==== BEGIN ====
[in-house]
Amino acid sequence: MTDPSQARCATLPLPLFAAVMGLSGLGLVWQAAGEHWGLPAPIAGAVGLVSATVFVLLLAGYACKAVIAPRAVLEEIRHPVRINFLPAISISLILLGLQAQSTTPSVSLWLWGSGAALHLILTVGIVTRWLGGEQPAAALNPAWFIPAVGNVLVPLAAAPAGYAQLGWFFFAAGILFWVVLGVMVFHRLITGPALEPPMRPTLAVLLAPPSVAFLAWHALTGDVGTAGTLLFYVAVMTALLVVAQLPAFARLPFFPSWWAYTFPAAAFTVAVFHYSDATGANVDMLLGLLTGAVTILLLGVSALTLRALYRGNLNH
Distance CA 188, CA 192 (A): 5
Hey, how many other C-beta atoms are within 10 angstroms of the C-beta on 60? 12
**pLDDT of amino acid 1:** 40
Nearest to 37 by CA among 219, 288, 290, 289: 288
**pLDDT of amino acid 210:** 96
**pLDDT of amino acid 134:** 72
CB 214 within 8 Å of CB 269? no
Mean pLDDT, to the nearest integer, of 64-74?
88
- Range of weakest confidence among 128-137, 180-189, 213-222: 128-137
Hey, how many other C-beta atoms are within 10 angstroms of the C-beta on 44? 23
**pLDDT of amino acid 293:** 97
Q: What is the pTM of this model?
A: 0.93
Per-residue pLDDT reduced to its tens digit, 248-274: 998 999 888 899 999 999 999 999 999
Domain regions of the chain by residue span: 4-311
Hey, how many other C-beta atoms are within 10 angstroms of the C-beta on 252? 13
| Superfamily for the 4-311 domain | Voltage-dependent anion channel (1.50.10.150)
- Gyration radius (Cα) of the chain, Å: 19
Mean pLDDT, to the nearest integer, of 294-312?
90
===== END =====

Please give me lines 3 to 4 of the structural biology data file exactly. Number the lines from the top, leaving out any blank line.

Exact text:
Distance CA 188, CA 192 (A): 5
Hey, how many other C-beta atoms are within 10 angstroms of the C-beta on 60? 12